Learning with Textbooks & Spine books
~ Cay A. Gibson ~
"My child doesnt like to read." "Textbooks are so much easier to use than planning a literature
unit study." "My child likes his history textbook." "My child likes to fill in the blanks of his workbook." "I prefer to use
a textbook study...its easier to follow."
I have heard all these pleas for using a textbook curriculum and do not want to discount the
appeal and learning that textbooks/workbooks provide some families. As a matter of fact, if you are keeping a notebook, along
with your literature study, then you can rest assured that workbook pages can serve as necessary fillers inside of your notebook.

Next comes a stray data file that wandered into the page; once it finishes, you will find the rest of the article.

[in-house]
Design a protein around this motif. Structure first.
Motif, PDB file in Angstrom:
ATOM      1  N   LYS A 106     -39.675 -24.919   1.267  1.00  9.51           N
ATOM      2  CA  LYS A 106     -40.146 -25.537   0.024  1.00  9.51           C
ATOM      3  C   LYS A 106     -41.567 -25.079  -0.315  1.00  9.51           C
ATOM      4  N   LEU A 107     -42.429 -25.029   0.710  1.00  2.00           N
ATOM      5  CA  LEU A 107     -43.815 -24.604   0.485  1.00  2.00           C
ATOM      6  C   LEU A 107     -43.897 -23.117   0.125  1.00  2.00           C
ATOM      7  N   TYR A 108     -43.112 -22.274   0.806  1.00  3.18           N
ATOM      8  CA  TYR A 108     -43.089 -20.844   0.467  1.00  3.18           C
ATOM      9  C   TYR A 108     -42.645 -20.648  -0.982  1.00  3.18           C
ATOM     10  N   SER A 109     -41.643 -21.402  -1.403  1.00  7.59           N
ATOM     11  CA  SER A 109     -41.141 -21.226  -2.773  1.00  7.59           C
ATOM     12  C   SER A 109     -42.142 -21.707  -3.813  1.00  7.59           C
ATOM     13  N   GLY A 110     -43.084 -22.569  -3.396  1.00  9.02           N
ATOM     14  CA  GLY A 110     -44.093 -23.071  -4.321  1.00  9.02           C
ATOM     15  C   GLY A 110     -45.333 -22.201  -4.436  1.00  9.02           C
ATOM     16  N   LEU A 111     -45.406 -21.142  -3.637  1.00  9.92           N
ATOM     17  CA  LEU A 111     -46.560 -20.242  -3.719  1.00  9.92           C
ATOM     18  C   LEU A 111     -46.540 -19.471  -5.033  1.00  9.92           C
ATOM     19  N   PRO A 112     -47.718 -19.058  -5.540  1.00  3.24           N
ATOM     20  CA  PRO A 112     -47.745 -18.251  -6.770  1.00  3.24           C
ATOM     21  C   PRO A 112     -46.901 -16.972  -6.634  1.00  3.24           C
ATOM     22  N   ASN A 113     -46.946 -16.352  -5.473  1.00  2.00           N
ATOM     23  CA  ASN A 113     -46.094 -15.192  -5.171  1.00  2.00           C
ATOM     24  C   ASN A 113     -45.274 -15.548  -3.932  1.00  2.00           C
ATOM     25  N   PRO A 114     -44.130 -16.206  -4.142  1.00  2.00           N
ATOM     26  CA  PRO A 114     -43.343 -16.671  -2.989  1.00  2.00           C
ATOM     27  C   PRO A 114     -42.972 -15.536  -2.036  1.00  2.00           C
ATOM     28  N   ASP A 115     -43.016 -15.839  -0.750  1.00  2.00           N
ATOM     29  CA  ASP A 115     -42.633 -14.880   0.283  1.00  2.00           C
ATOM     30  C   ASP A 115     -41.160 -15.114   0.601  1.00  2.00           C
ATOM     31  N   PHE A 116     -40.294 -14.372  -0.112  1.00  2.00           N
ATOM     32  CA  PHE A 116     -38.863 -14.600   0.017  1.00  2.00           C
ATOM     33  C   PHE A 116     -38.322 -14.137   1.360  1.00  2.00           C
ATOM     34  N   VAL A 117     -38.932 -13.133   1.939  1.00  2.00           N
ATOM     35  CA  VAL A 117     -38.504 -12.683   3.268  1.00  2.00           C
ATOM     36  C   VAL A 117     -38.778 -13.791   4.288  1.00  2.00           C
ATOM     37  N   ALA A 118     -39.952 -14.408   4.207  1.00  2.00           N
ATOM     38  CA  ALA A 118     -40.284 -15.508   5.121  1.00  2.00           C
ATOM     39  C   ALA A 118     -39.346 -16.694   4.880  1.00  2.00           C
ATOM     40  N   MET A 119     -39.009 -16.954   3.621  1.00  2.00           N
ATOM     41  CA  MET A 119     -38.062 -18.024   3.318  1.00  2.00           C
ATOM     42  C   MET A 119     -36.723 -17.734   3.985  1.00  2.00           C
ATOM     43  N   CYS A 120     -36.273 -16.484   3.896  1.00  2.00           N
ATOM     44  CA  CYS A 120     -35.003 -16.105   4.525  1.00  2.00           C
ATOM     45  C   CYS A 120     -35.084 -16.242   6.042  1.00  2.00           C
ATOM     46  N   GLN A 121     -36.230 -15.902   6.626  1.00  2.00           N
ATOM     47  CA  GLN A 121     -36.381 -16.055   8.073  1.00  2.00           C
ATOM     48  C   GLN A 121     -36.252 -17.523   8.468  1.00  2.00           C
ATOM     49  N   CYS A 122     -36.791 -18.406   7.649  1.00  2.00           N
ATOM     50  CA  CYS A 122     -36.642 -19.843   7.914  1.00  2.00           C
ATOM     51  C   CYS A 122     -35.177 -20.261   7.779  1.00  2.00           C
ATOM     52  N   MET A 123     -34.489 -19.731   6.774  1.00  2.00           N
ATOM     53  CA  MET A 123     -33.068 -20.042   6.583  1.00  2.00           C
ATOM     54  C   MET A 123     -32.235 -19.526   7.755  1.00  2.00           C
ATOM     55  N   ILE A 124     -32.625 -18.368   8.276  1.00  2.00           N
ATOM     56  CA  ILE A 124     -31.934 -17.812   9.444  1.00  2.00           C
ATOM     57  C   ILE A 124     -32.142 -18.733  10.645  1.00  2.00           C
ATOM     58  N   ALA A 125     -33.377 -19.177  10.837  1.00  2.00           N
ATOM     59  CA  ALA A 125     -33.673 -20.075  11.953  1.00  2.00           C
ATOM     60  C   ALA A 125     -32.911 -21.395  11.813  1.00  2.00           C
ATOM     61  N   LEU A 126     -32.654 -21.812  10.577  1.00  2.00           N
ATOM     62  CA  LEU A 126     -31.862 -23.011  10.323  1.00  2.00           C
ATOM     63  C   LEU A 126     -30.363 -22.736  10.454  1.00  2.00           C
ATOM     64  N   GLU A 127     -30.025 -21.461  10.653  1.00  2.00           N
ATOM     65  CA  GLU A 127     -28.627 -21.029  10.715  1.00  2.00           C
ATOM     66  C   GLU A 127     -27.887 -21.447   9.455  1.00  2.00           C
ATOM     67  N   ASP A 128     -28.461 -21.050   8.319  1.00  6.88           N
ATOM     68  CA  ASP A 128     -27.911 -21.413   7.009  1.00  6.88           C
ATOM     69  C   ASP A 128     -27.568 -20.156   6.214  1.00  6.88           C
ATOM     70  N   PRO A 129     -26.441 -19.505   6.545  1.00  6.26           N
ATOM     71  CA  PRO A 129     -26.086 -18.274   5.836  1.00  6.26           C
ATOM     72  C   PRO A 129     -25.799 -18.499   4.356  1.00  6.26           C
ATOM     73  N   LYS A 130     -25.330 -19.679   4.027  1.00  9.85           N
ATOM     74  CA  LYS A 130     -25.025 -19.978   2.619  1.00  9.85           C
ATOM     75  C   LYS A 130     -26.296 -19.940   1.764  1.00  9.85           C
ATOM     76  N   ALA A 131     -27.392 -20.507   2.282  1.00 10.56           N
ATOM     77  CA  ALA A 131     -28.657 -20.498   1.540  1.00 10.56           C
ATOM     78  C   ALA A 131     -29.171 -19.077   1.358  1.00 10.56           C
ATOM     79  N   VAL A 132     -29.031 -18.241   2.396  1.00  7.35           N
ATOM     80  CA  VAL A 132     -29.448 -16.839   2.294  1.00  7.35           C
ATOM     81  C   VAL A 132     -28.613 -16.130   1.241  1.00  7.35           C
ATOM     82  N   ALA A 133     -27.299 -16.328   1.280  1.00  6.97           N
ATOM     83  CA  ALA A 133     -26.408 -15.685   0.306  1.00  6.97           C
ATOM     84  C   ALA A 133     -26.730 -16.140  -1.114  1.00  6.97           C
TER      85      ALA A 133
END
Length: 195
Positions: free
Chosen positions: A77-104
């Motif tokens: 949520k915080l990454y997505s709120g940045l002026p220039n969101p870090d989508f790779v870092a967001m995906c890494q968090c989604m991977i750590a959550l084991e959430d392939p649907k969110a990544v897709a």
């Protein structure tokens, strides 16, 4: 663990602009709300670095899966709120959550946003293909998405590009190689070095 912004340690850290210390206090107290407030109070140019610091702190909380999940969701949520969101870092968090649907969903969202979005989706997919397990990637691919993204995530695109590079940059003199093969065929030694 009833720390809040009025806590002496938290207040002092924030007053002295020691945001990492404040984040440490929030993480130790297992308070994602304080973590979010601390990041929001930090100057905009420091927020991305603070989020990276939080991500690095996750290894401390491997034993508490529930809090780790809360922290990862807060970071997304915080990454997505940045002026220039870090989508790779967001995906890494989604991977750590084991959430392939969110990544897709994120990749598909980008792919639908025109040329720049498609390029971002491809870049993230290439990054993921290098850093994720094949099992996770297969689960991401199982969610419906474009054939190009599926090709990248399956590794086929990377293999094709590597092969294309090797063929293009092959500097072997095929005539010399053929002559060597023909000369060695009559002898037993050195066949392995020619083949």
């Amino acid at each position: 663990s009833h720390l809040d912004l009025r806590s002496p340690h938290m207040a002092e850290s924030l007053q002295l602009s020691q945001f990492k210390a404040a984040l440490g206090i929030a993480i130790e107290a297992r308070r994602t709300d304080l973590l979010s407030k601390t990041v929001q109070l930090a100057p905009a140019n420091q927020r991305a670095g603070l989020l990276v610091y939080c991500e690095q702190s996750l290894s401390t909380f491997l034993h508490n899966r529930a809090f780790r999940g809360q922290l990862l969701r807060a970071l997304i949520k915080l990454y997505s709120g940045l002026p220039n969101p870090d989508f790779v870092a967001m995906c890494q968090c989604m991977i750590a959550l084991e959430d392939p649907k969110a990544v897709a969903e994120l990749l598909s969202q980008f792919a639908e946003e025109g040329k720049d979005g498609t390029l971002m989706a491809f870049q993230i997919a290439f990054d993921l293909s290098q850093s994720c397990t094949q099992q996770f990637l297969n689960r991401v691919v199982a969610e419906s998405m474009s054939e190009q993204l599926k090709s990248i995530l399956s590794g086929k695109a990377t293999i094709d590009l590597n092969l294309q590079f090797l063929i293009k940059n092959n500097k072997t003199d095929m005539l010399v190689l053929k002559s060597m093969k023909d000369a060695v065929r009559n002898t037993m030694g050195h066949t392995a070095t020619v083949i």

Even in a literature-based education, textbooks (henceforth referred to as "spine books") serve
their purpose upon our shelves. As a book-a-holic, I have several textbooks sandwiched in between the living books upon my
shelves. They serve as quick reference guides and as a general mapping index in our science research and history timelines.
Textbooks continue to be appealing for several reasons:
There is less preparation time compared to unit studies.
You do not have to pre-plan the reading list.
You can read the material with the child or have him read it independently.
Teri Maxwell, originator and creator of MOTH (Managers of Their Home) cites these reasons for
using a textbook curriculum (*Teri and her family use a traditional Christian-based curriculum ):
1) Helps us in our goals
2) Thorough and complete...giving our children the type education we want them to have